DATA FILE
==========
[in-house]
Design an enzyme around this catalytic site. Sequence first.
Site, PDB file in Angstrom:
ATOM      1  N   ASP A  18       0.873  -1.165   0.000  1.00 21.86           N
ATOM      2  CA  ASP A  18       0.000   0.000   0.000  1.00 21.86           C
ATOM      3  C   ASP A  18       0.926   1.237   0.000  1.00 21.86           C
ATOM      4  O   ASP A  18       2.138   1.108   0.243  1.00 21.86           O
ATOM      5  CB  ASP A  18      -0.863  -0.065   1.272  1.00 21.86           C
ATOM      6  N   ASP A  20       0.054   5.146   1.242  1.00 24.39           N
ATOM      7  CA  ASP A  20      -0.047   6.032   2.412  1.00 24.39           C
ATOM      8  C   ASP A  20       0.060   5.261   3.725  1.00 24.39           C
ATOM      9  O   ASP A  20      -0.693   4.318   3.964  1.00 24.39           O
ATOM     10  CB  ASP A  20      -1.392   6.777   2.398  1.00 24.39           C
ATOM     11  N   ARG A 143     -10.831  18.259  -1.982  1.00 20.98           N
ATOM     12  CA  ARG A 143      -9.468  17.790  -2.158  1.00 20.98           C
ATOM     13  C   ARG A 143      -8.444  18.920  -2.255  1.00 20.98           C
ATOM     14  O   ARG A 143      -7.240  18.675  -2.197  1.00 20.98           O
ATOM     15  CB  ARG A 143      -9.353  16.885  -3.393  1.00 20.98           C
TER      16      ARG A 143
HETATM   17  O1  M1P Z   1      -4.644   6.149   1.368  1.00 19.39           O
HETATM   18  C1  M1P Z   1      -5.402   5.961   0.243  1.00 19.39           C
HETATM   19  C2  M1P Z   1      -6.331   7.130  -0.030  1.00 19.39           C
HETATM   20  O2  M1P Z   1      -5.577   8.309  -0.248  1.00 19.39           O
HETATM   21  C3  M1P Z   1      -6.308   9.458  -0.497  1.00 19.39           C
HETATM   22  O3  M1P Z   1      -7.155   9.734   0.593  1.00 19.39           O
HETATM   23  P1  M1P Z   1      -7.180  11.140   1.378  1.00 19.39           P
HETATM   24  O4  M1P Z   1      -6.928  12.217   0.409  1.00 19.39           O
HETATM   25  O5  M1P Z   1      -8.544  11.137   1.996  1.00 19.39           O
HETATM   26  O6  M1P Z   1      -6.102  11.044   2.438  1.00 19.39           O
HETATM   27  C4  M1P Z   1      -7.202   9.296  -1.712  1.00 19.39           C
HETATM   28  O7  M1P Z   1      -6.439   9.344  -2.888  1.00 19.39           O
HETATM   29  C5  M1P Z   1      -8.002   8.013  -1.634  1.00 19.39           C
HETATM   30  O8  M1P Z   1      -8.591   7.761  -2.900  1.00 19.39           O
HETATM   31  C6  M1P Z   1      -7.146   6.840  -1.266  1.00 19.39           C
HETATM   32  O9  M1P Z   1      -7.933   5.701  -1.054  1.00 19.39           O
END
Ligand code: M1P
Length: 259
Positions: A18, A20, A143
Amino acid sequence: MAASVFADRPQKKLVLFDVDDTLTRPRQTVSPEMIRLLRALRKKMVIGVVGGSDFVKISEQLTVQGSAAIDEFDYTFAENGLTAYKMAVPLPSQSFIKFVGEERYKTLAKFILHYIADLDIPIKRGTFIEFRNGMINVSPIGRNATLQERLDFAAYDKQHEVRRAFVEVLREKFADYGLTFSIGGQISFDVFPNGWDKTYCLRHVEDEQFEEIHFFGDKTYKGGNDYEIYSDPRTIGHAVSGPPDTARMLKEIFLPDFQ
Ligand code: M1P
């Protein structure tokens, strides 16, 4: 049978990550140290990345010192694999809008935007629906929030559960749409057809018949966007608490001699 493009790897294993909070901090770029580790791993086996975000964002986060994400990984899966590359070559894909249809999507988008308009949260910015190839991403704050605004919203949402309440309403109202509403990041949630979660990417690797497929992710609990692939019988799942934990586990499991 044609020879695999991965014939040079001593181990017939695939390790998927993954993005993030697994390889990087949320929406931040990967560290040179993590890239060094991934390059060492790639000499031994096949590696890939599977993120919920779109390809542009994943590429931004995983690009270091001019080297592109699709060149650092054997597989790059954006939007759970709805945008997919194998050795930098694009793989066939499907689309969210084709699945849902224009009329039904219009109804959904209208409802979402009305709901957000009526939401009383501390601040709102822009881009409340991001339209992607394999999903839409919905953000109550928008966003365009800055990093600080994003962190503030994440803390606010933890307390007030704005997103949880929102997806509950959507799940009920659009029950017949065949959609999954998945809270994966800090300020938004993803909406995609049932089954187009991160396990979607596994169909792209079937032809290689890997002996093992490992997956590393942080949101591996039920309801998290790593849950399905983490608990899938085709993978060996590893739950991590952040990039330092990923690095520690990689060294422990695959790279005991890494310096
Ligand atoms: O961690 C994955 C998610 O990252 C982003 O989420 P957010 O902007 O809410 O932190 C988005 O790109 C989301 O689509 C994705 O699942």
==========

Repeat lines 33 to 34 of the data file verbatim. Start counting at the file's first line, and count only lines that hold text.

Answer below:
HETATM   30  O8  M1P Z   1      -8.591   7.761  -2.900  1.00 19.39           O
HETATM   31  C6  M1P Z   1      -7.146   6.840  -1.266  1.00 19.39           C